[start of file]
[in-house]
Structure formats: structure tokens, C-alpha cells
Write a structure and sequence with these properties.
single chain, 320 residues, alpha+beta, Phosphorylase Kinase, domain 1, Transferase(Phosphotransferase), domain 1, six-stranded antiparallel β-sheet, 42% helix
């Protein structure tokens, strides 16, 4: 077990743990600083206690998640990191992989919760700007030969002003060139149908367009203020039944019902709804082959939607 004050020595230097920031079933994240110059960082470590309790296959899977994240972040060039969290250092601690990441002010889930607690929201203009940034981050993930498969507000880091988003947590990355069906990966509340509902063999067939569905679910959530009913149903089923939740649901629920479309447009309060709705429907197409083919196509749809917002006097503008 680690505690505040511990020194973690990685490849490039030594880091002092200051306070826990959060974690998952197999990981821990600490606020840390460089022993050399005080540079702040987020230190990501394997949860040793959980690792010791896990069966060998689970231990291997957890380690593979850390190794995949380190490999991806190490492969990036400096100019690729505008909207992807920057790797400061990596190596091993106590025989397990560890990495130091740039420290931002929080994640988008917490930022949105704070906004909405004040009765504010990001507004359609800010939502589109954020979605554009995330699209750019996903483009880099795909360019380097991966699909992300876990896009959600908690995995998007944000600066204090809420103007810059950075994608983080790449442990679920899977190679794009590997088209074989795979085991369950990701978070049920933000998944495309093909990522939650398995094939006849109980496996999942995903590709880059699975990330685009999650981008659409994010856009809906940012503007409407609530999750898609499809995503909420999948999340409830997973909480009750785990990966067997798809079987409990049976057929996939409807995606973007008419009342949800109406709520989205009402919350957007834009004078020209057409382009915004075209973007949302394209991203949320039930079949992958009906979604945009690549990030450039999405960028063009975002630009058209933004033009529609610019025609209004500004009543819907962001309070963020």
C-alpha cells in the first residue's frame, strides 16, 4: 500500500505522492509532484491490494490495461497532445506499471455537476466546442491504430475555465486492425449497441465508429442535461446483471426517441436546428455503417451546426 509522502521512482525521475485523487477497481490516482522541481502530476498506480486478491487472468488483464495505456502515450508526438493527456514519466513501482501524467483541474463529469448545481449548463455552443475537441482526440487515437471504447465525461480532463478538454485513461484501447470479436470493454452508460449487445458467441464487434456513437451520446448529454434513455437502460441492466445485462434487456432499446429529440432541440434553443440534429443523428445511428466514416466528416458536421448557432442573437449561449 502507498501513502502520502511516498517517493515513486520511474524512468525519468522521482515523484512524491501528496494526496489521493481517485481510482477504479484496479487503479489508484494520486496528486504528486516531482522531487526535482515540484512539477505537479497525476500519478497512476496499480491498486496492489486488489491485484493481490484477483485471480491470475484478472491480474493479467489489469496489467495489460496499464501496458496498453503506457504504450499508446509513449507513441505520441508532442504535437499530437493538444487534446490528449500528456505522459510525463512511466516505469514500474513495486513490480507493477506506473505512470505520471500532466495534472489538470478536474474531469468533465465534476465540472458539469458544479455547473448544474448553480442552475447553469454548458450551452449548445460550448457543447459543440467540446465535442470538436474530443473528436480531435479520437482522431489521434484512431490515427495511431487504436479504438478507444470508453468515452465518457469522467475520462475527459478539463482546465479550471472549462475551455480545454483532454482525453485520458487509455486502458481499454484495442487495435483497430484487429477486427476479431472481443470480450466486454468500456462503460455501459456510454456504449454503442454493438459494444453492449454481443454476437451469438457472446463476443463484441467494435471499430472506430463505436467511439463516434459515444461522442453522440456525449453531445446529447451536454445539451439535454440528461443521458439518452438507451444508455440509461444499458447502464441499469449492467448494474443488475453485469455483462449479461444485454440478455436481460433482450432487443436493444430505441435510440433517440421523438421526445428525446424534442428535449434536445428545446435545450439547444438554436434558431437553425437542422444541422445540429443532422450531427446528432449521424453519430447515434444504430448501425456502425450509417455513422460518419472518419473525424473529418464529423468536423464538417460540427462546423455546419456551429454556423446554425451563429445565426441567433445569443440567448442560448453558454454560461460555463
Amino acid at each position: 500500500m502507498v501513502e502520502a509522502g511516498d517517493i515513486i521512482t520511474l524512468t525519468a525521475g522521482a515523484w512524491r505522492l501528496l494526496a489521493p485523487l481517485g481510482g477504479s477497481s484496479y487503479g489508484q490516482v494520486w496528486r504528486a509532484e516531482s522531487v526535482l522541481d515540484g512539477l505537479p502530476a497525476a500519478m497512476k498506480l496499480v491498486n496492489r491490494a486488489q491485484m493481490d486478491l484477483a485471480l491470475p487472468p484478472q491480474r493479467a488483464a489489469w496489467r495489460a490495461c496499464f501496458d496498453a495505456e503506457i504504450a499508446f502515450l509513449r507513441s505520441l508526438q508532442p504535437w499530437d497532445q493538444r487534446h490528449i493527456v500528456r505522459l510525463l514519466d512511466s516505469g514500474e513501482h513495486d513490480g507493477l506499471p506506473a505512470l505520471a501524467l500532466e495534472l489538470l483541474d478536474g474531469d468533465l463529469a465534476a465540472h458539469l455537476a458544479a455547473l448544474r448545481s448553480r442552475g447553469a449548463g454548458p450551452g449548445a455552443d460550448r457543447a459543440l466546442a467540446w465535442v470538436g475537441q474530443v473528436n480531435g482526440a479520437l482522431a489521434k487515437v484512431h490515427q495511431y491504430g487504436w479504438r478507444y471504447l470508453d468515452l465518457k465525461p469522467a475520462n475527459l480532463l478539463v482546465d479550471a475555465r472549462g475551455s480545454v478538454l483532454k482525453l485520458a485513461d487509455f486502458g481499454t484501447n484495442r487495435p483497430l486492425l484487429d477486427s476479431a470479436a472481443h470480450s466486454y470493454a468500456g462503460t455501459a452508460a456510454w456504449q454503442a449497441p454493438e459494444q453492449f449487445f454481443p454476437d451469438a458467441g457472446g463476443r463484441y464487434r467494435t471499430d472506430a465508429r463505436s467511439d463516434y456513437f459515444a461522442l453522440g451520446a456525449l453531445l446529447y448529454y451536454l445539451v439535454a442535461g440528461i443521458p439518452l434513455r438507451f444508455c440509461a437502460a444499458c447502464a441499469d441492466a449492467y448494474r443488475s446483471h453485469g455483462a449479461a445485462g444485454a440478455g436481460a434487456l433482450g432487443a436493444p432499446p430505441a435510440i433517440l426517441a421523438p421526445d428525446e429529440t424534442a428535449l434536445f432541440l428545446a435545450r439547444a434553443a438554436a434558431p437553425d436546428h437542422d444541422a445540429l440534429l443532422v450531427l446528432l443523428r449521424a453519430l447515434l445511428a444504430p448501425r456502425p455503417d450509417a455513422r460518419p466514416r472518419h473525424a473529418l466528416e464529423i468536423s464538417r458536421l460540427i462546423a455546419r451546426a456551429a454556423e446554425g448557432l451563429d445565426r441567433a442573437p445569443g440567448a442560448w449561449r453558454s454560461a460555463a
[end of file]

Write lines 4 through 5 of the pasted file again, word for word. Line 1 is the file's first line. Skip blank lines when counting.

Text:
single chain, 320 residues, alpha+beta, Phosphorylase Kinase, domain 1, Transferase(Phosphotransferase), domain 1, six-stranded antiparallel β-sheet, 42% helix
């Protein structure tokens, strides 16, 4: 077990743990600083206690998640990191992989919760700007030969002003060139149908367009203020039944019902709804082959939607 004050020595230097920031079933994240110059960082470590309790296959899977994240972040060039969290250092601690990441002010889930607690929201203009940034981050993930498969507000880091988003947590990355069906990966509340509902063999067939569905679910959530009913149903089923939740649901629920479309447009309060709705429907197409083919196509749809917002006097503008 680690505690505040511990020194973690990685490849490039030594880091002092200051306070826990959060974690998952197999990981821990600490606020840390460089022993050399005080540079702040987020230190990501394997949860040793959980690792010791896990069966060998689970231990291997957890380690593979850390190794995949380190490999991806190490492969990036400096100019690729505008909207992807920057790797400061990596190596091993106590025989397990560890990495130091740039420290931002929080994640988008917490930022949105704070906004909405004040009765504010990001507004359609800010939502589109954020979605554009995330699209750019996903483009880099795909360019380097991966699909992300876990896009959600908690995995998007944000600066204090809420103007810059950075994608983080790449442990679920899977190679794009590997088209074989795979085991369950990701978070049920933000998944495309093909990522939650398995094939006849109980496996999942995903590709880059699975990330685009999650981008659409994010856009809906940012503007409407609530999750898609499809995503909420999948999340409830997973909480009750785990990966067997798809079987409990049976057929996939409807995606973007008419009342949800109406709520989205009402919350957007834009004078020209057409382009915004075209973007949302394209991203949320039930079949992958009906979604945009690549990030450039999405960028063009975002630009058209933004033009529609610019025609209004500004009543819907962001309070963020």